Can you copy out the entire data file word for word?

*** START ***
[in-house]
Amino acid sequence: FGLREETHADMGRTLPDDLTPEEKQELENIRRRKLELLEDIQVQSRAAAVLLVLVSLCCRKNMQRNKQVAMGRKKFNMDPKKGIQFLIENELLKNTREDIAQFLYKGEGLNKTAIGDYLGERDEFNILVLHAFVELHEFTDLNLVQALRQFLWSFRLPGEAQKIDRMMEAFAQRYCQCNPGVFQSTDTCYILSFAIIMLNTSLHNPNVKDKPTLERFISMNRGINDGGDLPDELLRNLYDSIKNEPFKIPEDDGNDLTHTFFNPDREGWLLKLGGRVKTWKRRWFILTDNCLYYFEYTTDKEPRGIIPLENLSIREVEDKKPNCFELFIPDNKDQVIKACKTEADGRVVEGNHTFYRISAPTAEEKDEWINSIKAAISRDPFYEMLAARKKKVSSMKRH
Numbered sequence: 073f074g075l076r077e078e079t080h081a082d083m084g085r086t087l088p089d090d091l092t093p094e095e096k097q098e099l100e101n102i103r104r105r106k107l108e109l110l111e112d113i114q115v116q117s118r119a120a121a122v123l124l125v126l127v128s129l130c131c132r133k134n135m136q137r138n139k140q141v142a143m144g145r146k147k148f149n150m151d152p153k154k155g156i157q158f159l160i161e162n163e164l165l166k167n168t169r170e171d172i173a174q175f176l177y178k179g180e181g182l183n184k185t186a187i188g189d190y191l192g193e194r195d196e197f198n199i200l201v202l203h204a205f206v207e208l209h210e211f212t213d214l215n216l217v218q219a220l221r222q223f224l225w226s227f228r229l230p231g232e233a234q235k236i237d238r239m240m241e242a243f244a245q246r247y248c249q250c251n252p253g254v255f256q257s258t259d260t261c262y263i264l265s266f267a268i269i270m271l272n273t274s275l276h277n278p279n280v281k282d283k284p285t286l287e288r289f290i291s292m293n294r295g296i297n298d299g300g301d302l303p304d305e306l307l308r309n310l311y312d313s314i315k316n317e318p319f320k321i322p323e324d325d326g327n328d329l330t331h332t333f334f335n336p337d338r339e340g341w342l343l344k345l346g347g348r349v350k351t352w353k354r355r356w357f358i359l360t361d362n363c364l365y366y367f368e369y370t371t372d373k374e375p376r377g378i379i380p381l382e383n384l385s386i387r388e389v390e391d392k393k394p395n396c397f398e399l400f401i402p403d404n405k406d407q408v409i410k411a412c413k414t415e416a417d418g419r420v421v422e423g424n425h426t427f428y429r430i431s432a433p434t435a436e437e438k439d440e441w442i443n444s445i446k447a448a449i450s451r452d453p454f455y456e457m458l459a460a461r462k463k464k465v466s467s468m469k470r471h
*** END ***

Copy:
[in-house]
Amino acid sequence: FGLREETHADMGRTLPDDLTPEEKQELENIRRRKLELLEDIQVQSRAAAVLLVLVSLCCRKNMQRNKQVAMGRKKFNMDPKKGIQFLIENELLKNTREDIAQFLYKGEGLNKTAIGDYLGERDEFNILVLHAFVELHEFTDLNLVQALRQFLWSFRLPGEAQKIDRMMEAFAQRYCQCNPGVFQSTDTCYILSFAIIMLNTSLHNPNVKDKPTLERFISMNRGINDGGDLPDELLRNLYDSIKNEPFKIPEDDGNDLTHTFFNPDREGWLLKLGGRVKTWKRRWFILTDNCLYYFEYTTDKEPRGIIPLENLSIREVEDKKPNCFELFIPDNKDQVIKACKTEADGRVVEGNHTFYRISAPTAEEKDEWINSIKAAISRDPFYEMLAARKKKVSSMKRH
Numbered sequence: 073f074g075l076r077e078e079t080h081a082d083m084g085r086t087l088p089d090d091l092t093p094e095e096k097q098e099l100e101n102i103r104r105r106k107l108e109l110l111e112d113i114q115v116q117s118r119a120a121a122v123l124l125v126l127v128s129l130c131c132r133k134n135m136q137r138n139k140q141v142a143m144g145r146k147k148f149n150m151d152p153k154k155g156i157q158f159l160i161e162n163e164l165l166k167n168t169r170e171d172i173a174q175f176l177y178k179g180e181g182l183n184k185t186a187i188g189d190y191l192g193e194r195d196e197f198n199i200l201v202l203h204a205f206v207e208l209h210e211f212t213d214l215n216l217v218q219a220l221r222q223f224l225w226s227f228r229l230p231g232e233a234q235k236i237d238r239m240m241e242a243f244a245q246r247y248c249q250c251n252p253g254v255f256q257s258t259d260t261c262y263i264l265s266f267a268i269i270m271l272n273t274s275l276h277n278p279n280v281k282d283k284p285t286l287e288r289f290i291s292m293n294r295g296i297n298d299g300g301d302l303p304d305e306l307l308r309n310l311y312d313s314i315k316n317e318p319f320k321i322p323e324d325d326g327n328d329l330t331h332t333f334f335n336p337d338r339e340g341w342l343l344k345l346g347g348r349v350k351t352w353k354r355r356w357f358i359l360t361d362n363c364l365y366y367f368e369y370t371t372d373k374e375p376r377g378i379i380p381l382e383n384l385s386i387r388e389v390e391d392k393k394p395n396c397f398e399l400f401i402p403d404n405k406d407q408v409i410k411a412c413k414t415e416a417d418g419r420v421v422e423g424n425h426t427f428y429r430i431s432a433p434t435a436e437e438k439d440e441w442i443n444s445i446k447a448a449i450s451r452d453p454f455y456e457m458l459a460a461r462k463k464k465v466s467s468m469k470r471h